Four German Lessons in ‘Fixing the Budget’

Arthur Bi summarizes some useful lessons from the recent German federal budget for our Treasurer Joe Hockey.


In Berlin on the 9th of September, the German Finance Minister Wolfgang Schäuble declared that for the first time since 1969, no more sovereign debt was required to fund the 2015 federal budget.


Here are four lessons Joe Hockey could learn from the German experience in achieving a balanced budget:


1) Send the right message

In comparison with our unpopular budget, the German federal budget is comparatively popular. One reason for such success might be that the German government has left the public with an impression of being consistent, stable and trust-worthy in budgetary matters. Indeed, Mr. Schäuble has preached the same ‘gospel’ of financial prudence in government spending for years. The latest example is his presentation of the 2015 budget, in which he stressed that ‘the government will implement his solid, trustworthy, and stability-oriented [budgetary] policies with calm and determination.’


In light of the German success, the reason for Hockey’s failure to ‘sell’ his budget to the Australian people seems threefold.


Firstly, the Government is incapable of abandoning its rhetoric in blaming the preceding Labor government for its budgetary problems. This has left the public with an impression of a government unwilling to take responsibility. Unlike Angela Merkel, the German Chancellor , our Government has failed to convey the positive message that the budget is a plan to bring everyone together for a better future for the economy and future generations.


Secondly, unlike the German government, our Government has failed to persuade the public that its budget is a fair and inclusive one. Instead, it is perceived by the public to be a budget all about ‘cuts’ driven by the LNP’s ideological ‘hostility’ towards the working people and university students.


Thirdly, the Government’s credibility is undermined by its changing positions on the ‘budget emergency’. During the election campaign and for some time afterwards, Hockey rushed to talk about a ‘budget emergency’. However, after this, Hockey said that the Government’s budgetary position is not as bad as expected. Such inconsistency and confusion, a stark contrast to the consistency and stability under the German approach, served only to further undermine the public confidence in our Government.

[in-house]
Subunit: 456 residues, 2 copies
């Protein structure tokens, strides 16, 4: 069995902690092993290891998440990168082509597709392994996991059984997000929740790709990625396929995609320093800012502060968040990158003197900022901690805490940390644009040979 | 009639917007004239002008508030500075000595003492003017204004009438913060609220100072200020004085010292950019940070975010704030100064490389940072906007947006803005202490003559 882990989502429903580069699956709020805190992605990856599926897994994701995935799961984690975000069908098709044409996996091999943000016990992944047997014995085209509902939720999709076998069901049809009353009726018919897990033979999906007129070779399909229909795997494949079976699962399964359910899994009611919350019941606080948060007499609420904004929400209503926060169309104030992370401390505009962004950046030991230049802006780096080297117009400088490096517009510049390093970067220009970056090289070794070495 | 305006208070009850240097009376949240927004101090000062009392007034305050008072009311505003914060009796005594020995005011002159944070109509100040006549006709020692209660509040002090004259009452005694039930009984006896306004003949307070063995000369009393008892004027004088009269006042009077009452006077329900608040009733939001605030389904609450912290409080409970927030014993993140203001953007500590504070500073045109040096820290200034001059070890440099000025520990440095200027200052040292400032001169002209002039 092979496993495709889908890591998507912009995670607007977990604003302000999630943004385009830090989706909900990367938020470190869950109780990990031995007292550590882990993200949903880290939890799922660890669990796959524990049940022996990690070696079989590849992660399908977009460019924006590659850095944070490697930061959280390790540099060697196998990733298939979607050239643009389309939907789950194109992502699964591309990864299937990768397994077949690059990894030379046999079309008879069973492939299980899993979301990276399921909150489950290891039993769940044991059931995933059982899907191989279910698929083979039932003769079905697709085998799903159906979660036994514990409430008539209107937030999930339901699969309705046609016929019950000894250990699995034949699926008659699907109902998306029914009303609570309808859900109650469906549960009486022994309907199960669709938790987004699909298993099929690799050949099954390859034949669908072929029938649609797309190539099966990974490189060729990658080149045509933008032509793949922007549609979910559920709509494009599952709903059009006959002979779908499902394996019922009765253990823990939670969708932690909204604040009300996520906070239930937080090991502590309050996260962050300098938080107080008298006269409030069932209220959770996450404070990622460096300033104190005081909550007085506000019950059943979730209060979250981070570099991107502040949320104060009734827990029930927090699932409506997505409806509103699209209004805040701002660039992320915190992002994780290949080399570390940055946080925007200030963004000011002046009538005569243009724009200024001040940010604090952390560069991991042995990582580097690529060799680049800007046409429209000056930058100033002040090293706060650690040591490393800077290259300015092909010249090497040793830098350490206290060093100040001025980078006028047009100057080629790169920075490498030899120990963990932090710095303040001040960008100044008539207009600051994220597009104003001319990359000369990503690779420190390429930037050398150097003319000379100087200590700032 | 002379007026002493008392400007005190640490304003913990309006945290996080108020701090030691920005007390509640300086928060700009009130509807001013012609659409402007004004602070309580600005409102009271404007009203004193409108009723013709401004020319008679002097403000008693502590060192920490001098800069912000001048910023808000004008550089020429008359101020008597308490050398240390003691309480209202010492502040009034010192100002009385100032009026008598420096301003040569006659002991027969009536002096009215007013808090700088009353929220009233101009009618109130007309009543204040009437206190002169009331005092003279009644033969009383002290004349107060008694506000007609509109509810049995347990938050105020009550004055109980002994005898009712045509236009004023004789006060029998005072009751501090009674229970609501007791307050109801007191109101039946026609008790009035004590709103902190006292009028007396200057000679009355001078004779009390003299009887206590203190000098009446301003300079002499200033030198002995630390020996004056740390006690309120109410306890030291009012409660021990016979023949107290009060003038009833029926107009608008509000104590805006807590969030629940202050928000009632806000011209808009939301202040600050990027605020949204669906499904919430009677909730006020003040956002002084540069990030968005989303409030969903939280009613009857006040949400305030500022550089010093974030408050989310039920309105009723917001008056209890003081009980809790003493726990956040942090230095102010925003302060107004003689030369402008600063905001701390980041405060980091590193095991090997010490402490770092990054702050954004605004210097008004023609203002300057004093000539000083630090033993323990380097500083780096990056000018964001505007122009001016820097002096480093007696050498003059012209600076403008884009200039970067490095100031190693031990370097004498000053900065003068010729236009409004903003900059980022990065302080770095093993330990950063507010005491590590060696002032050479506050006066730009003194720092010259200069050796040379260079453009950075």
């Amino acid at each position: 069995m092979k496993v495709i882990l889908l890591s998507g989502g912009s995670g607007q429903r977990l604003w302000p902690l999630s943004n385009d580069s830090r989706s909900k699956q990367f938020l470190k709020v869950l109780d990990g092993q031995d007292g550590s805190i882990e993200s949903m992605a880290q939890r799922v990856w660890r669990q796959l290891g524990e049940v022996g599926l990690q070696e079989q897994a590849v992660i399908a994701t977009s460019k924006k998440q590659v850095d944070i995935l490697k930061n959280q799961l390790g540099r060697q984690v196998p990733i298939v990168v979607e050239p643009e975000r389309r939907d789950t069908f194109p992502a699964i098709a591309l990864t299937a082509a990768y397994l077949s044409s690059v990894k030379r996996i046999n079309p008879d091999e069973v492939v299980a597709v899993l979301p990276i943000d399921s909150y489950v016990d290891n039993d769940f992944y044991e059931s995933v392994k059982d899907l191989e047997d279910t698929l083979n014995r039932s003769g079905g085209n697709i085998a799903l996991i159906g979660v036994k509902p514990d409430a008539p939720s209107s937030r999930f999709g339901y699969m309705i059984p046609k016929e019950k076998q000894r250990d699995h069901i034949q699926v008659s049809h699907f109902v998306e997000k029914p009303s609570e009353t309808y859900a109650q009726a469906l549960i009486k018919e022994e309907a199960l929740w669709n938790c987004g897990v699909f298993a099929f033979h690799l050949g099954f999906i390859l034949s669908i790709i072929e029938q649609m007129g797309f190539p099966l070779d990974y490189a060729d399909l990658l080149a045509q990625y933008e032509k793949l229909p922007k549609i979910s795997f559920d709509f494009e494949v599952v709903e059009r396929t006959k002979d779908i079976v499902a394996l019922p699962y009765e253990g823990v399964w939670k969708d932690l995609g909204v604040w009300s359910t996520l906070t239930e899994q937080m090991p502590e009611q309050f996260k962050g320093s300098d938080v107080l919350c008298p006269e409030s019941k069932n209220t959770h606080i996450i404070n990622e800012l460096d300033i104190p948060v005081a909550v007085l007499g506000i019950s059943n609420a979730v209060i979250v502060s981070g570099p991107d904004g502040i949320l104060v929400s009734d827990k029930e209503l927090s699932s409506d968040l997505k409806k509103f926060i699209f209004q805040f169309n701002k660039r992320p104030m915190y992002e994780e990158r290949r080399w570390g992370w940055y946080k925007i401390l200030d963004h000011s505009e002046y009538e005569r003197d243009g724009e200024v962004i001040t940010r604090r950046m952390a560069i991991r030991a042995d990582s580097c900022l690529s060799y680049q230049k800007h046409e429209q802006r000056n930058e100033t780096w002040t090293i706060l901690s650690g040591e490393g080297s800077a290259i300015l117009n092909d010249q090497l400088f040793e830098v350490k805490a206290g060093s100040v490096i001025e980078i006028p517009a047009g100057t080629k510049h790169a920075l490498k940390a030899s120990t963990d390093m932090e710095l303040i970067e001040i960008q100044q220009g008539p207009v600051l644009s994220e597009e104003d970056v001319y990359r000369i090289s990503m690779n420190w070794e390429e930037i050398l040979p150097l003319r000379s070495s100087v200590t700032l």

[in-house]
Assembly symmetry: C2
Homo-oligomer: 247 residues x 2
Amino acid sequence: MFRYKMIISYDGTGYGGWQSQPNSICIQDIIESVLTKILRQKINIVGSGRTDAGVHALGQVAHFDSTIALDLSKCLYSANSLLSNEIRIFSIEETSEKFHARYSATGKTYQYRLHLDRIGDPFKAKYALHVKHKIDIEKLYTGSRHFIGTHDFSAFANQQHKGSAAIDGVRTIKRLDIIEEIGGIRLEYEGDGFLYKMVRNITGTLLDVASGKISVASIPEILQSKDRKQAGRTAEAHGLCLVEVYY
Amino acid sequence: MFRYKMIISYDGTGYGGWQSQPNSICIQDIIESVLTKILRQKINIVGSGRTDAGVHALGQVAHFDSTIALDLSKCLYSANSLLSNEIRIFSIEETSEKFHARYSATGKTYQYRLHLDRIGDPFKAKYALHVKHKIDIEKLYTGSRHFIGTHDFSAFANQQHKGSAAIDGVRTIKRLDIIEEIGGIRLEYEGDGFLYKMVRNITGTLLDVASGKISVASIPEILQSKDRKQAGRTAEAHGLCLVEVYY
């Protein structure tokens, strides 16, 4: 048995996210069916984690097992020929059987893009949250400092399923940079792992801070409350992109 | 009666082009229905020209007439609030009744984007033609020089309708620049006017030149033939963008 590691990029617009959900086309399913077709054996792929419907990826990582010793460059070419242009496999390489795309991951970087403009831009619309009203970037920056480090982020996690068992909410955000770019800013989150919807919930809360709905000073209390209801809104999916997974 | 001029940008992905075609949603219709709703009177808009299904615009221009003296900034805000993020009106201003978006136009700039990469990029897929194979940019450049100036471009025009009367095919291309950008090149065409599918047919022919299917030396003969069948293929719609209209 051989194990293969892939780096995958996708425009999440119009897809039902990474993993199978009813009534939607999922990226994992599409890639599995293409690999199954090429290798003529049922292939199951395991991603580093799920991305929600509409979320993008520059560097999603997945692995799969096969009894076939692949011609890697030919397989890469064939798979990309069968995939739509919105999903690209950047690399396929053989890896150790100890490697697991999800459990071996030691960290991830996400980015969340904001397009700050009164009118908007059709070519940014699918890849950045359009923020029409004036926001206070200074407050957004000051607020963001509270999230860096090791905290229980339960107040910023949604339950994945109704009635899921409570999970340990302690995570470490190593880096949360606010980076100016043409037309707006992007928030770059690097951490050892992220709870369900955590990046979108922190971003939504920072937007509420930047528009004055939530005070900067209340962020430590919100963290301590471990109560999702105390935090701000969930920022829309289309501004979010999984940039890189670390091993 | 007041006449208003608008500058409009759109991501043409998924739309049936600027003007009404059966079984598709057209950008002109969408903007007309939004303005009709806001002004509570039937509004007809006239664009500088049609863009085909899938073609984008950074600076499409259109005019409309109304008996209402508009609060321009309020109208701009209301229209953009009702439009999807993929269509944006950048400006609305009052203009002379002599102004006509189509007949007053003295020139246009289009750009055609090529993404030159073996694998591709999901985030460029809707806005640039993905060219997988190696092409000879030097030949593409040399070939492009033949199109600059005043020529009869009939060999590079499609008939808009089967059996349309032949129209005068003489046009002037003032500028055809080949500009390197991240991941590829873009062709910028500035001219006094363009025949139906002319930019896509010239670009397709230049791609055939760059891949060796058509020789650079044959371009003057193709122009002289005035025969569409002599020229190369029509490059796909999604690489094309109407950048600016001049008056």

2) ‘Fixing the budget’ is not a means of its own

‘Fixing the budget’ is not a means of its own, and the German experience warns the danger of being obsessed with the illusory political trophy of ‘fixing the budget’.


For instance, according to the German parliamentary oppositions, the ‘balanced budget’ is a mere political victory achieved at the expense of ripping off education, infrastructure, and social security. Schäuble himself conceded that, ‘a balanced budget is not a mean in itself’, rather it represents ‘the trustworthiness [of the German Government]’, which is ‘elementary for investors and consumers.’


3) Beware of the ‘hidden debts’

The third German lesson is that a balanced budget might contain significant amount of ‘hidden debts’. These are the additional expenses in building the infrastructure anew in the future, rather than fixing it now. In other words, as reflected in the German experience, postponing the necessary investments now might lead to much heavier burdens on the budget in the future.


4) More, rather than less, spending for education and research

The last lesson is that it is possible for a government to achieve a balanced budget without cuts to education and research. In contrast, the German government regards the skills and knowledge of its people as Germany’s most valuable assets, and it is important to provide sufficient investment to keep Germany as the world’s leading innovator. This attitude is reflected by the fact that the amount the German government spent on education and research in 2013 is 160% of what it spent on 2005; or an increase from 2.51% to 2.98% of the gross domestic expenditure.



It might well be the case Joe’s plan to ‘fix the budget’ will never receive the same level of support as that of his German counterpart. This is potentially due to the inherent German weariness towards debts and deficits, since the word Schuld in German means both debts and moral blameworthiness. Yet, it is still not too late for Joe to learn from the German experience and make it right this time for the future of the ordinary Janes and Joes in this country.


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